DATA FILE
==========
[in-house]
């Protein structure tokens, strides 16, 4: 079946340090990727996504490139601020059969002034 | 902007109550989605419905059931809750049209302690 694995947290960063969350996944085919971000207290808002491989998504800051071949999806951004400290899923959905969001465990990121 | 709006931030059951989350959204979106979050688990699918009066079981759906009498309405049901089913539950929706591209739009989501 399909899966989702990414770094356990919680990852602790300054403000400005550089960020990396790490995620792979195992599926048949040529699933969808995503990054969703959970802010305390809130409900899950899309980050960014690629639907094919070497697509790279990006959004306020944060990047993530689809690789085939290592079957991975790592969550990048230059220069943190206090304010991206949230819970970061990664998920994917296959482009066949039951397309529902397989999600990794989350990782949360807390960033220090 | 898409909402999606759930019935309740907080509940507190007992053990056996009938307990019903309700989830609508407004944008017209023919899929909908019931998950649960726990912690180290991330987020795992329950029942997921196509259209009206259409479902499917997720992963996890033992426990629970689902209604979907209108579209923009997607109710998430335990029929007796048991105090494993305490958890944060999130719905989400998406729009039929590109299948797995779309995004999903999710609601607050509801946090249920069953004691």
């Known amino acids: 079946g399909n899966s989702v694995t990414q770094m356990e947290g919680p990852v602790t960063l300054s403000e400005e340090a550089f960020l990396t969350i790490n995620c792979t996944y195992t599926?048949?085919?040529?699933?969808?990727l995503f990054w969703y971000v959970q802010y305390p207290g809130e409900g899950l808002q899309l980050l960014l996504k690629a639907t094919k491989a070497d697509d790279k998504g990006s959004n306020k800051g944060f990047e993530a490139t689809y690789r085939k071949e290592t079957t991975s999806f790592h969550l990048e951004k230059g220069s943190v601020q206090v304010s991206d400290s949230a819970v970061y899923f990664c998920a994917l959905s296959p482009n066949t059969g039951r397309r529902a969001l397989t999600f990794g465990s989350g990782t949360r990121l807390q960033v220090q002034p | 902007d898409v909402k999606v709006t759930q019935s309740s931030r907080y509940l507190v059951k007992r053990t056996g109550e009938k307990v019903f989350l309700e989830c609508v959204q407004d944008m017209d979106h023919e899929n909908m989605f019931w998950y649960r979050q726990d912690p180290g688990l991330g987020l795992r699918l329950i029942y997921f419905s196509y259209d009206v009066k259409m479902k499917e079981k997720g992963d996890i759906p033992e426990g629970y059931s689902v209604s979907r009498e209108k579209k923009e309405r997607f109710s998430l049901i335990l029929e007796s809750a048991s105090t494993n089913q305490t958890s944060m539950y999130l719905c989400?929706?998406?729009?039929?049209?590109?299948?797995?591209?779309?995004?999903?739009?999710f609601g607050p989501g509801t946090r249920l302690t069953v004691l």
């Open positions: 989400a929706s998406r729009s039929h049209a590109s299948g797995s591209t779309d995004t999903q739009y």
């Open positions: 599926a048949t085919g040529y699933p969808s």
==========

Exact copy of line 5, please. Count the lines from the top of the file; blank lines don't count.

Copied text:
């Open positions: 599926a048949t085919g040529y699933p969808s």